Stony Brook’s MMU is tagged as a necessary intervention, promoting mammography for the marginalized women who visit the emergency department for nonurgent care.7 This has allowed the program to alleviate local emergency departments by the following number of visits per year: 332 in 2019, 263 in 2020, 239 in 2021, and 333 in 2022. This has collectively avoided nearly $1.2M in costs on local hospitals, all of which are resources saved that can be reinvested into the community (Table 1).

The calculation of ROI proves the bottom-line impact of our MMU. This determines the business case, proving whether our program is able to save money for the healthcare system. The calculated ROI shows how each dollar invested into our program provides downstream savings, demonstrating the cost efficiency of this MMU to community funders and leaders. Stony Brook’s MHC’s ROI ($) is as follows: 17:1 in 2019, 15:1 in 2020, 12:1 in 2021, and 20:1 in 2022 (Table 1).

The nonmonetary impact of the MMU is shown through the patient population screened, as 71% are classified as minorities: 58% Hispanic/Latino, 9% Black/African American, 3% Asian, and 1% American Indian. A direct comparison was made to the patient population screened at the brick-and-mortar breast center within our same healthcare system, screening a minority population of just 15%. A comparative analysis is shown in Figure 1, with each facility shown separately in Figures 2 and 3. This proves that the MMU is able to physically address the needs of many populations that are unable to be reached by brick-and-mortar healthcare facilities.

Discussion and Navigation

Calculating the impact of a program not only proves the current state of affairs but can also be used to determine the future direction of the program by analyzing successive years of data. The calculations of QALY, money saved, ROI, and avoided emergency department visits are all impressive stand-alone statistics, but they offer a story that will hopefully be unmatched for the considerable future. The decrease in all numbers from 2019 to 2020 is caused by the sudden shutdown of the MMU due to the COVID-19 pandemic. This saw the QALY drop from 102 to 81 for a calendar year, with almost a 70-person decrease in avoided emergency department visits. The numbers continued to fall as 2020 became 2021, with the pandemic continuing to disrupt everyday life. Once community screening events were allowed to return, new safety measures needed to be implemented, including new training for the MMU staff, new health questions for the patients, and a new protocol added to ensure the safest operations for this program moving forward, all of which still exist today. With the doors now open, hesitancy still remains, but it is imperative that the Long Island population returns to their regularly scheduled cancer screenings. Now more than ever, dependency on MHCs exists for nearly every medical specialty, with increased access being at the forefront of the world today. 2022 proved that our MMU program has returned to normal, even superseding 2019 as the most successful year to date.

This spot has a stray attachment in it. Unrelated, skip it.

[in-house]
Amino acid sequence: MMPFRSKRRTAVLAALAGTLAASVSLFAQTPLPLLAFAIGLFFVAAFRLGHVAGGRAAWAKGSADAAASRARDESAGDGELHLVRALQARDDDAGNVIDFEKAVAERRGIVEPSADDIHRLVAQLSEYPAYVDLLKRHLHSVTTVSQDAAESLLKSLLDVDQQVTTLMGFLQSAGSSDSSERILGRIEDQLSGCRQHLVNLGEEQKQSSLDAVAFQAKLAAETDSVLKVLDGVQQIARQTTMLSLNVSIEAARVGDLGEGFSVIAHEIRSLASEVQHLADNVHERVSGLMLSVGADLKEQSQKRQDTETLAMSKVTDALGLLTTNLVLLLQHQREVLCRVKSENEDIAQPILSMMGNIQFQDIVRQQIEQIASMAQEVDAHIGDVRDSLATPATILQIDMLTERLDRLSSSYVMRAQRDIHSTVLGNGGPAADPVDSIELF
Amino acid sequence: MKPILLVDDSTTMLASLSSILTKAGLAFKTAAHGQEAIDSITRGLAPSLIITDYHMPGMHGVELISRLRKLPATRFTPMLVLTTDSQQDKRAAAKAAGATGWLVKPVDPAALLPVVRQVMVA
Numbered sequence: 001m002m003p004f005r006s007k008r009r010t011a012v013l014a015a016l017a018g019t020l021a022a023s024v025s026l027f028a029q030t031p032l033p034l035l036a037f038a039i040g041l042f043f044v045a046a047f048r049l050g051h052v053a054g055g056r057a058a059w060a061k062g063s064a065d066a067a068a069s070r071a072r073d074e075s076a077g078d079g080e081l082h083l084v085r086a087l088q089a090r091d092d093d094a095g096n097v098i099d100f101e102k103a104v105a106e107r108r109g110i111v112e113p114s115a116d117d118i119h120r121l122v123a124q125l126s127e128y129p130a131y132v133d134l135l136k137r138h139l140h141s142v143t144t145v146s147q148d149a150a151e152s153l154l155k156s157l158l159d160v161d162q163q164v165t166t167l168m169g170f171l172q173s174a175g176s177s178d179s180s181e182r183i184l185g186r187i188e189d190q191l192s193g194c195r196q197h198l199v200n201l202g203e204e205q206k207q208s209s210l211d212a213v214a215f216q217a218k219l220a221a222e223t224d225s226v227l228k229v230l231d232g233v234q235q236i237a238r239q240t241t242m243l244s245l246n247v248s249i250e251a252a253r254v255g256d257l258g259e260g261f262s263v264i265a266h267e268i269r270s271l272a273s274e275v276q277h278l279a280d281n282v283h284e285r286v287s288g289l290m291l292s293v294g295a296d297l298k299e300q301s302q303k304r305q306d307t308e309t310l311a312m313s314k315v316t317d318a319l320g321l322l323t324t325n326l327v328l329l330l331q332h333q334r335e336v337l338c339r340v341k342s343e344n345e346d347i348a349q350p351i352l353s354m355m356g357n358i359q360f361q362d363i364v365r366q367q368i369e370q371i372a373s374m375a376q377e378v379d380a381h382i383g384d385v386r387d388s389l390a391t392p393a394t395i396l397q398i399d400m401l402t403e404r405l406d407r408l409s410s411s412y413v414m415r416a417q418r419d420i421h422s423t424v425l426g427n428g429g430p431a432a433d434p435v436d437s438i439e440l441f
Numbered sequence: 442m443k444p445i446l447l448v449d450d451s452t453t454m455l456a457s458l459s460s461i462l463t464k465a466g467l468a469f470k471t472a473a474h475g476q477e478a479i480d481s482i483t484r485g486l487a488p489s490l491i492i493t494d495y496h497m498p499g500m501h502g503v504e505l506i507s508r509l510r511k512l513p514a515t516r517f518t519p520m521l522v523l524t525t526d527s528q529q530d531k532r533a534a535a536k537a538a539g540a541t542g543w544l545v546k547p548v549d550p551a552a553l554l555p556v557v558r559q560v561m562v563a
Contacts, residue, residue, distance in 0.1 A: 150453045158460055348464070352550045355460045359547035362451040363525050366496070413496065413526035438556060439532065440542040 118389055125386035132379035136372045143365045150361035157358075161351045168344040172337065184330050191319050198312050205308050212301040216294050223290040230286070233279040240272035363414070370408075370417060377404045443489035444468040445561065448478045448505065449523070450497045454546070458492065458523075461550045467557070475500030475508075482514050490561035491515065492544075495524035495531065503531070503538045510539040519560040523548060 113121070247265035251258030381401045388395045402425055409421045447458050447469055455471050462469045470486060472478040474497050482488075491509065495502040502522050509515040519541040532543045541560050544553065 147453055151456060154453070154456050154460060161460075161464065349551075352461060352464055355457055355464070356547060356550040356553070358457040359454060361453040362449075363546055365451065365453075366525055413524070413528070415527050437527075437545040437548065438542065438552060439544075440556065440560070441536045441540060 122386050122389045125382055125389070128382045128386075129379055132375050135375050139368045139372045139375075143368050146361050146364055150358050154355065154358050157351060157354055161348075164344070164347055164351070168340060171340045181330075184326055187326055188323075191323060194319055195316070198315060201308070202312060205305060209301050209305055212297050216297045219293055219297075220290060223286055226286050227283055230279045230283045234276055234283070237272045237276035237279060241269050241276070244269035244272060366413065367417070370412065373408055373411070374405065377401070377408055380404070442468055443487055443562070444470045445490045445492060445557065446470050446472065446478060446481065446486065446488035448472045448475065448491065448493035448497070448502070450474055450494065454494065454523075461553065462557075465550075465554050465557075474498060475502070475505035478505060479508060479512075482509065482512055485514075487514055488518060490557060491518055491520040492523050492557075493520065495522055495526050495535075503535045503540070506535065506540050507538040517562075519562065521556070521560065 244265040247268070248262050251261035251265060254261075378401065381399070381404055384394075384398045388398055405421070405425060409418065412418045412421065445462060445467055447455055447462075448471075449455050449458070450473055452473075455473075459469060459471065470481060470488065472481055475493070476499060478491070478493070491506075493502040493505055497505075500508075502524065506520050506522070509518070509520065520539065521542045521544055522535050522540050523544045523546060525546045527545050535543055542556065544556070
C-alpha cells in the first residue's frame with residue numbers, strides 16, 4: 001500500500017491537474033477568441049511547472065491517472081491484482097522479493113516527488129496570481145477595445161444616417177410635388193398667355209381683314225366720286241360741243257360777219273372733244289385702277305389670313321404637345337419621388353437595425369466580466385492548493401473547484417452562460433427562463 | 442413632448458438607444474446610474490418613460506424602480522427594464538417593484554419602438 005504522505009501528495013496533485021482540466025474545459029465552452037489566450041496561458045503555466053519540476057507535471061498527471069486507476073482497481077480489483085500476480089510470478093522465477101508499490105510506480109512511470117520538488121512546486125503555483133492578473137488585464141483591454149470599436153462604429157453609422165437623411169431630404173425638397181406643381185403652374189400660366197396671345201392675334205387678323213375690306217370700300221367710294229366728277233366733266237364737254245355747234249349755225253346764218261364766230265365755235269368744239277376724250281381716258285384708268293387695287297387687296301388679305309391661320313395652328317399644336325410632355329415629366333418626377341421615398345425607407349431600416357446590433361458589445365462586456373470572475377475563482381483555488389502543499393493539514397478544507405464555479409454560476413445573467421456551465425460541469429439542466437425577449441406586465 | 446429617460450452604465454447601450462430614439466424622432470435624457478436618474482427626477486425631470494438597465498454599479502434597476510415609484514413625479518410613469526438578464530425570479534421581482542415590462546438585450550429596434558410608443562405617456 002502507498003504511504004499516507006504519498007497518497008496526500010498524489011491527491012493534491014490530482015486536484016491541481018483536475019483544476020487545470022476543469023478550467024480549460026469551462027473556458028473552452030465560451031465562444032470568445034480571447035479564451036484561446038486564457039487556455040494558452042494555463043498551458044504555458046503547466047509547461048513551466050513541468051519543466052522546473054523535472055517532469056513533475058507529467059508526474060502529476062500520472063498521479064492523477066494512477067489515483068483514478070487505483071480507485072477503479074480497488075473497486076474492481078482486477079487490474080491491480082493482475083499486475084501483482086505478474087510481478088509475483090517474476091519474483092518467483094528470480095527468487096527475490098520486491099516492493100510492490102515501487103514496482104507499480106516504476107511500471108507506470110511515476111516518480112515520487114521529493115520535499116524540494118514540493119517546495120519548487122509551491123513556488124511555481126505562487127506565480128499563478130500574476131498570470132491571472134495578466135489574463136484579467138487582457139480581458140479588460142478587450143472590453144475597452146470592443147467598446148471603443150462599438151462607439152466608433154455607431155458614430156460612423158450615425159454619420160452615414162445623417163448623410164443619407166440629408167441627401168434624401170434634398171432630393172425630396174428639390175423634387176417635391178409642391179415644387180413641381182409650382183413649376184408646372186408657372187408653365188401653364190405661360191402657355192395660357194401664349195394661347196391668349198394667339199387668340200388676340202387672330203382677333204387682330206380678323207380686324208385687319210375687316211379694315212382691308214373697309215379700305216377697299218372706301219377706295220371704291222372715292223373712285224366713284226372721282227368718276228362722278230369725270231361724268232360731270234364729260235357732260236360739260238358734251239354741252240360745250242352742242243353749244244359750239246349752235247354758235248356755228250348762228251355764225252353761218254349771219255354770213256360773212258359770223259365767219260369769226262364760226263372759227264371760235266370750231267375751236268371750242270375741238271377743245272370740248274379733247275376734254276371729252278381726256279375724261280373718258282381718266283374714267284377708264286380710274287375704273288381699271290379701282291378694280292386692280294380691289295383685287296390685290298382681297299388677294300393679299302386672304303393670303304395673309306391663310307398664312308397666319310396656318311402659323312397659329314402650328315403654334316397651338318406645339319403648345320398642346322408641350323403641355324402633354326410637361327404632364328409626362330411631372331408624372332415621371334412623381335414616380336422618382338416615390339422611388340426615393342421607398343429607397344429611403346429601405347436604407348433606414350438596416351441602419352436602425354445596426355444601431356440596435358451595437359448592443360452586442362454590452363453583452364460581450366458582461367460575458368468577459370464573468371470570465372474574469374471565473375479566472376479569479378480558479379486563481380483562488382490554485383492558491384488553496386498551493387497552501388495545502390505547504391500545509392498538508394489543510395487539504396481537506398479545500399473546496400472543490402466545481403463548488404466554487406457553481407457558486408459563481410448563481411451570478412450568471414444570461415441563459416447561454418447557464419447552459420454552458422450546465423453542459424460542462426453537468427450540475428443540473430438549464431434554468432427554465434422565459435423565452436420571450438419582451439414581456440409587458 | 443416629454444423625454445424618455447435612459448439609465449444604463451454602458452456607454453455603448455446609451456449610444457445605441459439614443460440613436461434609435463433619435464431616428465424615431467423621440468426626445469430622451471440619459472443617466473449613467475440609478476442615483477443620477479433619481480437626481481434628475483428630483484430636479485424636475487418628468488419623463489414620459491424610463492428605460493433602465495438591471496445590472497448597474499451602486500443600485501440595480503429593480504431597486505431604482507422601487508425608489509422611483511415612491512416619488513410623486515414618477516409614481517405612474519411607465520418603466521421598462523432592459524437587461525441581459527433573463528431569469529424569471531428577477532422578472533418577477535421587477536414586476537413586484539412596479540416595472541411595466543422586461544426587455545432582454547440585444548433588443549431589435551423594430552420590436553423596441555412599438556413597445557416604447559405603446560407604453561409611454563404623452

The strength of the program comes from the individualized care each patient receives from our staff, starting with the initial phone call, down to the final report, and beyond. The pride is in the patient navigation. For a normal screening mammogram of Breast Imaging-Reporting and Data System (BI-RADS) 1 or 2, the patient and her doctor on record are both sent letters explaining the results, with the patient receiving an additional letter in layman’s terms.With a BI-RADS 0 result, the patient receives a personal phone call from the MMU staff, regardless of insurance status. This is crucial in patient-centered care because questions can be answered regarding the patient’s next steps, with help being offered immediately to ease the burden on the patient. For the insured patient, she is able to attend any facility that accepts her insurance for a diagnostic follow-up appointment, as the patient is not pressured to seek care at any particular facility. In an effort to provide continuity of care, the MMU staff closely monitors each patient’s case. This offers the opportunity to build a relationship as well as identify individual needs of the patient throughout the diagnostic process.